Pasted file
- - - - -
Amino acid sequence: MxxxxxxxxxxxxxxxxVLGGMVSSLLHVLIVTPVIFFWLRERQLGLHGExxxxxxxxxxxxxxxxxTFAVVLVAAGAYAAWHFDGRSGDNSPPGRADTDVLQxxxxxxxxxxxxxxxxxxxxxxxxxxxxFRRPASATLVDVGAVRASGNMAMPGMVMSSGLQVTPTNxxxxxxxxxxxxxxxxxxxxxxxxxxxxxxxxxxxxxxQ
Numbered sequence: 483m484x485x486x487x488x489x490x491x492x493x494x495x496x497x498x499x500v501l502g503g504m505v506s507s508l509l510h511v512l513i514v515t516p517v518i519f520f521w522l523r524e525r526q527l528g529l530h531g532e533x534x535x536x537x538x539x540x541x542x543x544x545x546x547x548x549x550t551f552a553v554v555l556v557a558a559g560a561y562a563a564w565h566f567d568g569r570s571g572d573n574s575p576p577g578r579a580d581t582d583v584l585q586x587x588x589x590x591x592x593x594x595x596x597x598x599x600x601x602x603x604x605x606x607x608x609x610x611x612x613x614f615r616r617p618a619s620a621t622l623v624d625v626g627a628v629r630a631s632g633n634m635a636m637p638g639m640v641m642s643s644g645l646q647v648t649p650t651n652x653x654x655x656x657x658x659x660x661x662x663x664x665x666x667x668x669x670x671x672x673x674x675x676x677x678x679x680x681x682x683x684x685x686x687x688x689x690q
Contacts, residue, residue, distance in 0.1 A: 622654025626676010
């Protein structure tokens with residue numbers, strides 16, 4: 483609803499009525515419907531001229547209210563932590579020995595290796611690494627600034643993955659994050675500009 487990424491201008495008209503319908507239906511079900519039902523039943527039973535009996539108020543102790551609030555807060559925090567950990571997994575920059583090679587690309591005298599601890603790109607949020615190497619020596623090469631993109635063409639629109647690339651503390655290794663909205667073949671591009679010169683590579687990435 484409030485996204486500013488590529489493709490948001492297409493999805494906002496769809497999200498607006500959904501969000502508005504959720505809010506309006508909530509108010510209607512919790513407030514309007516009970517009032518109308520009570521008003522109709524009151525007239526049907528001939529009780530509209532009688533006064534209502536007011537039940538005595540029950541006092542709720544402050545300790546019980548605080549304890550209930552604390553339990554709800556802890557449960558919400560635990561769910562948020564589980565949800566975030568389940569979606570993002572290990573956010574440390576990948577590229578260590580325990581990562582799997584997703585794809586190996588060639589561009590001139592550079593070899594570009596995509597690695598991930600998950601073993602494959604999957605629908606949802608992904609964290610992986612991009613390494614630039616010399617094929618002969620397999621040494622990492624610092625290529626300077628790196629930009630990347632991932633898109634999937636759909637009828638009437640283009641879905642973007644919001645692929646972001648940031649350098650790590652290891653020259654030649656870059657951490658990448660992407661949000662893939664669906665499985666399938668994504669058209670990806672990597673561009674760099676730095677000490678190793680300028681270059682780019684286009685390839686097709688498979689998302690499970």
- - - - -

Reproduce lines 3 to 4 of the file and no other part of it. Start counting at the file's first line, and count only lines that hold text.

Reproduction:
Contacts, residue, residue, distance in 0.1 A: 622654025626676010
């Protein structure tokens with residue numbers, strides 16, 4: 483609803499009525515419907531001229547209210563932590579020995595290796611690494627600034643993955659994050675500009 487990424491201008495008209503319908507239906511079900519039902523039943527039973535009996539108020543102790551609030555807060559925090567950990571997994575920059583090679587690309591005298599601890603790109607949020615190497619020596623090469631993109635063409639629109647690339651503390655290794663909205667073949671591009679010169683590579687990435 484409030485996204486500013488590529489493709490948001492297409493999805494906002496769809497999200498607006500959904501969000502508005504959720505809010506309006508909530509108010510209607512919790513407030514309007516009970517009032518109308520009570521008003522109709524009151525007239526049907528001939529009780530509209532009688533006064534209502536007011537039940538005595540029950541006092542709720544402050545300790546019980548605080549304890550209930552604390553339990554709800556802890557449960558919400560635990561769910562948020564589980565949800566975030568389940569979606570993002572290990573956010574440390576990948577590229578260590580325990581990562582799997584997703585794809586190996588060639589561009590001139592550079593070899594570009596995509597690695598991930600998950601073993602494959604999957605629908606949802608992904609964290610992986612991009613390494614630039616010399617094929618002969620397999621040494622990492624610092625290529626300077628790196629930009630990347632991932633898109634999937636759909637009828638009437640283009641879905642973007644919001645692929646972001648940031649350098650790590652290891653020259654030649656870059657951490658990448660992407661949000662893939664669906665499985666399938668994504669058209670990806672990597673561009674760099676730095677000490678190793680300028681270059682780019684286009685390839686097709688498979689998302690499970």